Sometimes your biggest weakness can become your biggest strength. Take, for example, the story of one girl who decided to study judo despite the fact that she had lost her left arm in a car accident.

The girl began lessons with an old Japanese judo instructor. The girl was doing well. So she couldn't understand why, after three months of training, the instructor had taught her only one move.

"Instructor," the girl finally said, "Shouldn't I be learning more moves?"

"This is the only move you know, but this is the only move you'll ever need to know," the instructor replied.

Not quite understanding, but believing in her teacher, the girl kept training.

Several months later, the instructor took the girl to her first tournament. Surprising herself, the girl easily won her first two matches. The third match proved to be more difficult, but after some time, her opponent became impatient and charged. The girl deftly used her one move to win the match. Still amazed by her success, the girl was now in the finals.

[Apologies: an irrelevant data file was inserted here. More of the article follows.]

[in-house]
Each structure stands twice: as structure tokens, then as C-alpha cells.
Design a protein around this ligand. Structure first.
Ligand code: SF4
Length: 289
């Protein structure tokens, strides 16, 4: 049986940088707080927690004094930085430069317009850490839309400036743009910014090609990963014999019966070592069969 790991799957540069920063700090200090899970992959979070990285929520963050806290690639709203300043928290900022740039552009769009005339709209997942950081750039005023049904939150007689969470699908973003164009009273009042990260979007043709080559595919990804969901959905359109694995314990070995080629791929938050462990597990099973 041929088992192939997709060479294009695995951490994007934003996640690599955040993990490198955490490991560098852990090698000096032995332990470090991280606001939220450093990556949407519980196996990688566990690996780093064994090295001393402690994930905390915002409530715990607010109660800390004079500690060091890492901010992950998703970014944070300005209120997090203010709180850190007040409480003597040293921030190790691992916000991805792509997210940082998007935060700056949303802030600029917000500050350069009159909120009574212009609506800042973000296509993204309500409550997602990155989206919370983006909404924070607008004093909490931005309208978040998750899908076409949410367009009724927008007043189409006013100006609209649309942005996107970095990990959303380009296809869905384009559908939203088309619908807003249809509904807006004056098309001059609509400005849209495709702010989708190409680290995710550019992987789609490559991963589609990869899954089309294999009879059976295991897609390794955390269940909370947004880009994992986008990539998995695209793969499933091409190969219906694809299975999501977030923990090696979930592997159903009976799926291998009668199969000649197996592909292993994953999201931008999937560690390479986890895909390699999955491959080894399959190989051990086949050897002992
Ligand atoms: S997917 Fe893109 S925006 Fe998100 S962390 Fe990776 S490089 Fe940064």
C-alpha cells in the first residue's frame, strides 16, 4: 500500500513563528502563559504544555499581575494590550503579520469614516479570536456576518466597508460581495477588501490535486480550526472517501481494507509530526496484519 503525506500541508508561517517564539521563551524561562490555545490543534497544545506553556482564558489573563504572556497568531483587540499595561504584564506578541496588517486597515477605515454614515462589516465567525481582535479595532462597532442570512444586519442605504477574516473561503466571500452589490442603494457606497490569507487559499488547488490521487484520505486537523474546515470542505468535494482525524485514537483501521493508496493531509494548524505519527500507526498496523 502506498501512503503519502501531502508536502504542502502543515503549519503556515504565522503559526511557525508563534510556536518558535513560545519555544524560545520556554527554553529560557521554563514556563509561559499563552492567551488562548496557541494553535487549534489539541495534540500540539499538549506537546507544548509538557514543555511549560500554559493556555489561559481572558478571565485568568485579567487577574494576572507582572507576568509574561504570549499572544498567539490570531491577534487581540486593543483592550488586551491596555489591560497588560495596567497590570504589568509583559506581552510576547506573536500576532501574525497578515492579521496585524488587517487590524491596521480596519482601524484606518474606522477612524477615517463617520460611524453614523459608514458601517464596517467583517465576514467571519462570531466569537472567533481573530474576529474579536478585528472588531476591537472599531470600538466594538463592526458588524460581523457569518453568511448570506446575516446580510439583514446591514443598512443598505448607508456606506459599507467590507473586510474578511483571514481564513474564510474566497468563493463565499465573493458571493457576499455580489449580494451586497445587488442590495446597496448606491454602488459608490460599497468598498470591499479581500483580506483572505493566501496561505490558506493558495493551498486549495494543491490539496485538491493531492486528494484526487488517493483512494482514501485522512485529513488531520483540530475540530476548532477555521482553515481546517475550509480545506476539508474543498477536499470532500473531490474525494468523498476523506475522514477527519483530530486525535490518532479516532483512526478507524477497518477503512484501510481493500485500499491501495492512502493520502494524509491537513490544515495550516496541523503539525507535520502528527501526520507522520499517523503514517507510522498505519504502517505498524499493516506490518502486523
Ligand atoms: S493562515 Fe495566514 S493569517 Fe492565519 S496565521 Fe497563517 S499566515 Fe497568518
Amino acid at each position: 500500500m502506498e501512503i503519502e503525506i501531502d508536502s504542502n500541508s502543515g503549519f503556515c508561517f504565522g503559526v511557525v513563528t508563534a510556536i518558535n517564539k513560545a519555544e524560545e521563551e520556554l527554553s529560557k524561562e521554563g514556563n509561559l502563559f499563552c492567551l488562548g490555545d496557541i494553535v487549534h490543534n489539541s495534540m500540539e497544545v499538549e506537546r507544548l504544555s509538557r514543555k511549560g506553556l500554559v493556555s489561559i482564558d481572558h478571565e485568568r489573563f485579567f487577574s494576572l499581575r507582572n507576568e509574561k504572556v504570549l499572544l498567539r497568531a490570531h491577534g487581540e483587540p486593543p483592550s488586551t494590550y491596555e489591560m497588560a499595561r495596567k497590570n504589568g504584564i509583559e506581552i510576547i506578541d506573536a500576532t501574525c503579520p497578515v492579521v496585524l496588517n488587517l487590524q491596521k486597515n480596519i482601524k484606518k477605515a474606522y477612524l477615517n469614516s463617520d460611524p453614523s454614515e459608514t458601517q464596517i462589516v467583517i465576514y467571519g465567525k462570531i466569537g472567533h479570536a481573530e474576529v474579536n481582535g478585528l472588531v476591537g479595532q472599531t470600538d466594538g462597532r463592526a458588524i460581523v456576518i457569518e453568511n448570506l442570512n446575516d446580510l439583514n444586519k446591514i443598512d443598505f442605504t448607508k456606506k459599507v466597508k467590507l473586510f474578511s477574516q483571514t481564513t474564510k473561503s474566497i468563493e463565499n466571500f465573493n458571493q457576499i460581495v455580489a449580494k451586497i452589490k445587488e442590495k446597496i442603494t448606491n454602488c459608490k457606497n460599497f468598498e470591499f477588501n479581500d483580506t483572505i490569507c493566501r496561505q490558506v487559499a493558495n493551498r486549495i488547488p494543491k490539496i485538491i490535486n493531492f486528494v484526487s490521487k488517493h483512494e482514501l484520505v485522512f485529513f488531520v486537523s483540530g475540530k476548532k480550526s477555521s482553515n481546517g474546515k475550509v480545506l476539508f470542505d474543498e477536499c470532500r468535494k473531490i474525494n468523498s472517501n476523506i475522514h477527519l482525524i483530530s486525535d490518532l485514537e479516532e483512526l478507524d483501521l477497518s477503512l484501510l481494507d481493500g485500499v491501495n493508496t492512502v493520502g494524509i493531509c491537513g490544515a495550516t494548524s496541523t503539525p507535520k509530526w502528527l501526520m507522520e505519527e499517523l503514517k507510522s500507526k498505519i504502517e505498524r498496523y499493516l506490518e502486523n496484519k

This time, her opponent was bigger, stronger and more experienced. For a while, the girl appeared to be overmatched. Concerned that the girl might get hurt, the referee called a time-out. She was about to stop the match when the instructor intervened.

"No," the instructor insisted, "Let her continue."

Soon after the match resumed, her opponent made a critical mistake: she dropped her guard. Instantly, the girl used her move to pin her opponent. The girl had won the match and the tournament. She was the champion.

On the way home, the girl and her teacher reviewed every move in each and every match. Then the girl summoned the courage to ask what was really on her mind.

"Instructor, how did I win the tournament with only one move?"

"You won for two reasons," the teacher answered. "First, you've almost mastered one of the most difficult throws in all of judo. Second, the only known defense for that move is for your opponent to grab your left arm."